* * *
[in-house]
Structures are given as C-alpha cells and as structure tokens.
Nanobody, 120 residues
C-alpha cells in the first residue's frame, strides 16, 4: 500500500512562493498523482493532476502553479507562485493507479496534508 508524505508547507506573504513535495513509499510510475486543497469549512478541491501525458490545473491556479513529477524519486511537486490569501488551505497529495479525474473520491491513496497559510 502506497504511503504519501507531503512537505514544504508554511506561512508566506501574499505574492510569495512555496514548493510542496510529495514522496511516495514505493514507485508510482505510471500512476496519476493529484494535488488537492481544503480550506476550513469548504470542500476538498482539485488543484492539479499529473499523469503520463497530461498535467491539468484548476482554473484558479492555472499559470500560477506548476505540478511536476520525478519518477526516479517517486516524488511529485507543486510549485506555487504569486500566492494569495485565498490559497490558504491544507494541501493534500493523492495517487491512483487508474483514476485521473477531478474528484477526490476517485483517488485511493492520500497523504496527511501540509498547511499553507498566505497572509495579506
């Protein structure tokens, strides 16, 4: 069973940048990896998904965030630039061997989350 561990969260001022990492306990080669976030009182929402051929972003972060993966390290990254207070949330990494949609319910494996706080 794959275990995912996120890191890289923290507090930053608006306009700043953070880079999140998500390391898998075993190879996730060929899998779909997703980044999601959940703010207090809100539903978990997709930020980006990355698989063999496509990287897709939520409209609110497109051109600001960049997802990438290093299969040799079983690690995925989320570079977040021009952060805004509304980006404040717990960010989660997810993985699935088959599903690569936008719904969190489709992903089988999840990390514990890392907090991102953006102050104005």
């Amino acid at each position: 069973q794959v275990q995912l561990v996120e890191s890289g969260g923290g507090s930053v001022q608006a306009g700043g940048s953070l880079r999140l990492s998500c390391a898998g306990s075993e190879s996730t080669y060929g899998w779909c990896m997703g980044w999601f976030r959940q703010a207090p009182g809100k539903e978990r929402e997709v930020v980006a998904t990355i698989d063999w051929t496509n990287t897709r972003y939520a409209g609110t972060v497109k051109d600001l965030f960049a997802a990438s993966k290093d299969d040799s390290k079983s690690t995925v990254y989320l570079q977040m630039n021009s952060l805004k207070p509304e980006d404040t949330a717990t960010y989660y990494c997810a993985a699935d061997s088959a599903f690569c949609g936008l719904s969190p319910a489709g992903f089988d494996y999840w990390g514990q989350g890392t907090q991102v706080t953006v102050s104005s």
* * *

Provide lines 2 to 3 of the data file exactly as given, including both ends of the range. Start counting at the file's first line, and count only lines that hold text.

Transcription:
Structures are given as C-alpha cells and as structure tokens.
Nanobody, 120 residues